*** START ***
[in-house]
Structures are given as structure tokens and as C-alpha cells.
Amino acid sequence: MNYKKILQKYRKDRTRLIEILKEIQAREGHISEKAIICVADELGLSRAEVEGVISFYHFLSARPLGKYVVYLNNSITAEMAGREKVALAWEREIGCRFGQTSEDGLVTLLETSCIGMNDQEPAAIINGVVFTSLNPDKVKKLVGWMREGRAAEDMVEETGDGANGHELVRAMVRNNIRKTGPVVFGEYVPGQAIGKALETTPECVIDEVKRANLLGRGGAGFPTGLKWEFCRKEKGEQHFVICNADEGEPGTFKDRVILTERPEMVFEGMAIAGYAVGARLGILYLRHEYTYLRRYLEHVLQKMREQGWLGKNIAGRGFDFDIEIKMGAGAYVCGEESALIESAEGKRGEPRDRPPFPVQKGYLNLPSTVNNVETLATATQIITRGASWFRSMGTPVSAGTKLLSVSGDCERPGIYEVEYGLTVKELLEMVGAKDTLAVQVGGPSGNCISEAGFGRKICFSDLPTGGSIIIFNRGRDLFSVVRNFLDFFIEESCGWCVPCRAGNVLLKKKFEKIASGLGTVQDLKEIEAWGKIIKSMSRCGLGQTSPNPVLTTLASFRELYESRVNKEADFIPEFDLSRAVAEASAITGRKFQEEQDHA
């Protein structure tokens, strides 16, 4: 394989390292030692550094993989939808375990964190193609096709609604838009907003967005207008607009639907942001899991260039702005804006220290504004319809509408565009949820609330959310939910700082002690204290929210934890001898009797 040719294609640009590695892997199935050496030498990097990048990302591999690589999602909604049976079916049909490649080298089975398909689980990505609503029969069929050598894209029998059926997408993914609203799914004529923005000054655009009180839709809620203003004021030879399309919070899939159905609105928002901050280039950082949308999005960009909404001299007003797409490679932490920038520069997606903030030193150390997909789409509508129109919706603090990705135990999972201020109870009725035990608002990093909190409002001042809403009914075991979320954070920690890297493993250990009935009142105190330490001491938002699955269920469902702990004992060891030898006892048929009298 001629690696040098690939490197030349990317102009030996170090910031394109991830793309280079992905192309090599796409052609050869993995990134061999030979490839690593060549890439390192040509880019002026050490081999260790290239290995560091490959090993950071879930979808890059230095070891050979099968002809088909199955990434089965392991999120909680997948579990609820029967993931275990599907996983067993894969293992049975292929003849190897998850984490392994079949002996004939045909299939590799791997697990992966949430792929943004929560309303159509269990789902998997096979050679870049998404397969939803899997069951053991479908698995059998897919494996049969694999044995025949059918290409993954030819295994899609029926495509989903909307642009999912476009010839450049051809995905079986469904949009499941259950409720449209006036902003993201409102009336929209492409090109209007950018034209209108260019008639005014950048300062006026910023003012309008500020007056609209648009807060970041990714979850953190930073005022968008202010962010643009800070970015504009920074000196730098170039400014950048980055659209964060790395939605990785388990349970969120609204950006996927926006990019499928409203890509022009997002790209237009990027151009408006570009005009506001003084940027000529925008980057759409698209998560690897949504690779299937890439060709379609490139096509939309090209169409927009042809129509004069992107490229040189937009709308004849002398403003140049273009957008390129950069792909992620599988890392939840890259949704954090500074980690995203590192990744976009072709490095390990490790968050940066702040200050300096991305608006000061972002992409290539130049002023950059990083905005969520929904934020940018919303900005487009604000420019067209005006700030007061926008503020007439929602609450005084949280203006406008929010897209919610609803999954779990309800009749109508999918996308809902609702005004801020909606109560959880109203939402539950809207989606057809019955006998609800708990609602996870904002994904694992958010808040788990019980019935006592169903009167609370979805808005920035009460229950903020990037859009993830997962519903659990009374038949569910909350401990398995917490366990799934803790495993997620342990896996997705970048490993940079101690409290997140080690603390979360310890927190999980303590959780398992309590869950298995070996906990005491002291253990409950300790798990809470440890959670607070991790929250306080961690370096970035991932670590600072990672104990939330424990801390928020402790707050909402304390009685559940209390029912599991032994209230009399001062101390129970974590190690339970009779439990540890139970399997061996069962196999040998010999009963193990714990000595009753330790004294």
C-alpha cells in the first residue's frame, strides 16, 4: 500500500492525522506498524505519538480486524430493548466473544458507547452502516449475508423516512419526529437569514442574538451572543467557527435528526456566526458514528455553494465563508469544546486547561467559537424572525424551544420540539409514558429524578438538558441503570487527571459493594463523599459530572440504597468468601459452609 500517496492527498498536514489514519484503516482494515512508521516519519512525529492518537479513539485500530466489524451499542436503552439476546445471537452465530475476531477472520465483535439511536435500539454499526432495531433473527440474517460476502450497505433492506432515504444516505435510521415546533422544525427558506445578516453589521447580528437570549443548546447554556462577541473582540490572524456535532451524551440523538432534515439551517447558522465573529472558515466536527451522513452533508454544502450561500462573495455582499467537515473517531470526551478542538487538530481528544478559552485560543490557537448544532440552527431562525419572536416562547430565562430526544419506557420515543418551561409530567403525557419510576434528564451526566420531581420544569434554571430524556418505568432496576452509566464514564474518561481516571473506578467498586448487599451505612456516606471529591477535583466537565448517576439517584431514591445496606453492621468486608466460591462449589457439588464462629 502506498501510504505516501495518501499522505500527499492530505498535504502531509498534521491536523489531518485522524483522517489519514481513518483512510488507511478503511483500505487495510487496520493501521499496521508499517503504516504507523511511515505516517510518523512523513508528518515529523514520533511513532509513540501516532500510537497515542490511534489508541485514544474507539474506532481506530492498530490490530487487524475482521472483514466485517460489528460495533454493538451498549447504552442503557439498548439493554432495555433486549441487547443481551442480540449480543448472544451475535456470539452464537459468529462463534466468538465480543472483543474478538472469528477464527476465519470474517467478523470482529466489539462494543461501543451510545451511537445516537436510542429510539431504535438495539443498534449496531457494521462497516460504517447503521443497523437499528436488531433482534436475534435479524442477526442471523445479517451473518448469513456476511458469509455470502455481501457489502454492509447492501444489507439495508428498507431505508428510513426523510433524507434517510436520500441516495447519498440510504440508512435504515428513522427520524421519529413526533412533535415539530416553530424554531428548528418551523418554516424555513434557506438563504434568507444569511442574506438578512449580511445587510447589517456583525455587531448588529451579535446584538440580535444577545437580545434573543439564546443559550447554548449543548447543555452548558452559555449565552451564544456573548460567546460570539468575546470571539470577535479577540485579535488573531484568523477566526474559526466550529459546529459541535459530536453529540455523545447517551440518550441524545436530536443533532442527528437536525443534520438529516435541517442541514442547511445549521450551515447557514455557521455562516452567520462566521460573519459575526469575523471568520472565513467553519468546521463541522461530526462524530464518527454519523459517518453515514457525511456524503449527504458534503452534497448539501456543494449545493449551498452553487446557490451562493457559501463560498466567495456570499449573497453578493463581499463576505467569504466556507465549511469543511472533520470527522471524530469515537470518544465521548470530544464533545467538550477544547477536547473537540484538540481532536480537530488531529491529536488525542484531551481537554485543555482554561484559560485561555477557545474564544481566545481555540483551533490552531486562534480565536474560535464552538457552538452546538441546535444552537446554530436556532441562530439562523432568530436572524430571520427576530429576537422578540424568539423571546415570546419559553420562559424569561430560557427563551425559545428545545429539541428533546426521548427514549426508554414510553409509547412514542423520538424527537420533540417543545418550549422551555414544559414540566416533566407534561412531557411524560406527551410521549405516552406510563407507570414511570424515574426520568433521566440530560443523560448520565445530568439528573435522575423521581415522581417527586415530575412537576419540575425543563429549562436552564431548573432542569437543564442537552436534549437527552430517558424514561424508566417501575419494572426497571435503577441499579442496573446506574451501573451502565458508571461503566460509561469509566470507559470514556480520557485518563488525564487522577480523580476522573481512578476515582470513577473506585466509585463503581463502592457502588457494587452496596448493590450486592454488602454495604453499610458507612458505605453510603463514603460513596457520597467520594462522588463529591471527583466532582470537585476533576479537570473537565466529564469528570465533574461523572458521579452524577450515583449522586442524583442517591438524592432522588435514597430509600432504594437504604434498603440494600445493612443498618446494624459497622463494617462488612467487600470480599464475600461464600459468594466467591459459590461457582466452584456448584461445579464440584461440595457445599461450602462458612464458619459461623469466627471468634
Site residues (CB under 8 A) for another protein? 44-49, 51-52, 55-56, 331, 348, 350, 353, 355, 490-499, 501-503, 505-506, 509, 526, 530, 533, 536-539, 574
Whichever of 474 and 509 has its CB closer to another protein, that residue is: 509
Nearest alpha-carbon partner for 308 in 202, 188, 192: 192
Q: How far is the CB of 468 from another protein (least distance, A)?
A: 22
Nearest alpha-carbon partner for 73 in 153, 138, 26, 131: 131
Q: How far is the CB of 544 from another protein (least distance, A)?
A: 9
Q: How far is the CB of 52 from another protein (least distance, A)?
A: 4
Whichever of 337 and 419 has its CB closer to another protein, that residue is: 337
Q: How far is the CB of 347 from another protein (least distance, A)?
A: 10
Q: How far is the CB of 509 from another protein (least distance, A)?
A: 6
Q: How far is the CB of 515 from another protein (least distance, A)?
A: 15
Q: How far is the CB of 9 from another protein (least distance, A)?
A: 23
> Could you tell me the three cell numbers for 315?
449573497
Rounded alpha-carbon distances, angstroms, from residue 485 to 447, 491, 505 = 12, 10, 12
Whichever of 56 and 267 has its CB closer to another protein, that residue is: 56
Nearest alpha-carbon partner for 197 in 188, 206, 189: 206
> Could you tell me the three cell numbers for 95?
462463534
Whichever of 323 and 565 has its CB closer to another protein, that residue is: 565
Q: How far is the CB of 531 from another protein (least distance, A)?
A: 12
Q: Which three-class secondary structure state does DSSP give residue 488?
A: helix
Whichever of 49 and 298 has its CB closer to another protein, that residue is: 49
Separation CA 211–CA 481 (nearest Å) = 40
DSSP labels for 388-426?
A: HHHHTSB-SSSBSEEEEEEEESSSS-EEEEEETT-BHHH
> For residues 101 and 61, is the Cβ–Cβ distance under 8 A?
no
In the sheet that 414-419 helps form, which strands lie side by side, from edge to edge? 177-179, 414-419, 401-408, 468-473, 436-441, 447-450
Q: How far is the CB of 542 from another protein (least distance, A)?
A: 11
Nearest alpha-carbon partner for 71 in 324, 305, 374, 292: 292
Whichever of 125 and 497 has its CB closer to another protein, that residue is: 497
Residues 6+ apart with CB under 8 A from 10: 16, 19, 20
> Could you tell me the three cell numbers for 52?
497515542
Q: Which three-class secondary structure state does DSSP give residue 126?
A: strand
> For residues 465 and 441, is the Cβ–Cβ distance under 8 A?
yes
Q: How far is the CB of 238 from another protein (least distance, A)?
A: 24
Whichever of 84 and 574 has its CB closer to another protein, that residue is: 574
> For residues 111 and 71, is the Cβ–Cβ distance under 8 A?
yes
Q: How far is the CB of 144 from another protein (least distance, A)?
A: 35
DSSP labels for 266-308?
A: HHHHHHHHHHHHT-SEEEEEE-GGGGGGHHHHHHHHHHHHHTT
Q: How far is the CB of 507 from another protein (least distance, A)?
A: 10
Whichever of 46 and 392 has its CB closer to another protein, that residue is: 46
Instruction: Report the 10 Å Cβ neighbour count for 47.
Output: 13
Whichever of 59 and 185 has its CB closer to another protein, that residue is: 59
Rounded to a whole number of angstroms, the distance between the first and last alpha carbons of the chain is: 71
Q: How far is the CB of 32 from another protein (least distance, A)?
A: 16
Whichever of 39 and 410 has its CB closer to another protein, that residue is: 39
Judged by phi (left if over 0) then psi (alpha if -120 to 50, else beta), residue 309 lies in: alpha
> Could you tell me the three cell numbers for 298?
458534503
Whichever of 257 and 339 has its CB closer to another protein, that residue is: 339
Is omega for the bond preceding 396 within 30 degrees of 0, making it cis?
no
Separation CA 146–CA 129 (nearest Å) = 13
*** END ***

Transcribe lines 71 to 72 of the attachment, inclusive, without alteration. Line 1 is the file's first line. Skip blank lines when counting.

Q: How far is the CB of 32 from another protein (least distance, A)?
A: 16